11 Jul / Take No Names by Daniel Nieh [in Shelf Awareness]
Daniel Nieh, a former international model and Chinese-English translator, introduced his protagonist Victor Li in the gripping Beijing Payback, published in 2019. Nieh’s sophomore thriller, Take No Names, heightens the gasp-inducing wild ride of Victor’s debut. Although both titles are easily consumable as stand-alone novels – Nieh deftly interweaves plenty of pertinent details to bridge the two plots – to read them in order is, of course, the more rewarding experience.
Victor’s father is still dead, and Victor remains wanted for murder. He has managed to return to the U.S. but not home to California. He lives under a fake name in Seattle’s Chinatown, estranged from his sister, Juliana, his only remaining family. And he works for Mark Knox, someone else seemingly without a past, mostly in IT and security – not all of it legal. When their latest scheme goes violently awry, the pair escape to Mexico City, where they’re hoping the quick sale of a rare gem Victor discovered will provide the wherewithal for another reinvention.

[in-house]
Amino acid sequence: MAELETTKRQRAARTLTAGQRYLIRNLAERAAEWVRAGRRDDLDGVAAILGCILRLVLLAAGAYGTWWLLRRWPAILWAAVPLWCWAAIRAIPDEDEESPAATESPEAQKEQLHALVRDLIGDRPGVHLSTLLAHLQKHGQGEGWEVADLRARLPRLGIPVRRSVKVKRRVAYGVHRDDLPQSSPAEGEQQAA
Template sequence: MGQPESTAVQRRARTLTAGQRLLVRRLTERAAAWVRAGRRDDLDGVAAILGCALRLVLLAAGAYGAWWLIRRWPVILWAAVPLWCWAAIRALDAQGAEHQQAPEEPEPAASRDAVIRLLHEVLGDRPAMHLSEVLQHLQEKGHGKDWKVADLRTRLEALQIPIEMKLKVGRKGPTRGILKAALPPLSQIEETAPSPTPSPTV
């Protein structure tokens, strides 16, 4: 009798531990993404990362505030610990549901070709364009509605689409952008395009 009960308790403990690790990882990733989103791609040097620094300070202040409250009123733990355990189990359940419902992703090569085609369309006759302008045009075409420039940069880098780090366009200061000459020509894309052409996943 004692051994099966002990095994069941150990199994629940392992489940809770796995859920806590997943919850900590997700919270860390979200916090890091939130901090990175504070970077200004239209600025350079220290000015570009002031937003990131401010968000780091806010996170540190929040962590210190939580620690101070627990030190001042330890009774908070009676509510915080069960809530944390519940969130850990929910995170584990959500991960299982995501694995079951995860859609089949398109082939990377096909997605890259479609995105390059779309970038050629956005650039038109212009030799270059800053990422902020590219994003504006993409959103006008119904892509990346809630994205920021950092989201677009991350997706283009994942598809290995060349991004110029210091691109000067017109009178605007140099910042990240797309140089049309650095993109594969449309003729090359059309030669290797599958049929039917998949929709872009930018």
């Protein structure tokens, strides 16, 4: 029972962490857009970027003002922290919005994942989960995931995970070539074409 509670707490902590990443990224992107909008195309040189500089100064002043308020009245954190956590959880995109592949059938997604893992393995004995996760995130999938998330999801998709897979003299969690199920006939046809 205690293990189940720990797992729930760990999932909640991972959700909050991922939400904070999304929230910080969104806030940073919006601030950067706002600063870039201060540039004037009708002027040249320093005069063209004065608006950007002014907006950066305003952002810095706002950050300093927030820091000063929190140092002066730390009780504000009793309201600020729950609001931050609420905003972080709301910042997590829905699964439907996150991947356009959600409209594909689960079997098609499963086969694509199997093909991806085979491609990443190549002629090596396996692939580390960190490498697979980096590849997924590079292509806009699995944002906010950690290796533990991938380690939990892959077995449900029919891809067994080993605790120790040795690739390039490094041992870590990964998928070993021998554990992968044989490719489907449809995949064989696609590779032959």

Nieh’s multipronged plot intertwines the China-U.S. divide, U.S.-Mexico antagonism, contemporary colonialism, and U.S. supremacy with headline-inspired twists and turns that are remarkable in their timeliness. Beyond his meticulously detailed attention to what happens, Nieh never loses sight of his characters, allowing Victor to confront the nebulous unknowns of his closest relationships – with his late father, his neglected sister, his taciturn partner, and his own conflicted self. Undoubtedly enhanced by his polyglot, global experiences, Nieh brilliantly crafts another culturally diverse, politically savvy, border-defying novel that both entertains and illuminates.
Discover: Daniel Nieh’s dynamic sophomore thriller adroitly continues the life-threatening exploits of his anti-hero Victor Li as he heads to Mexico City to escape the law (again).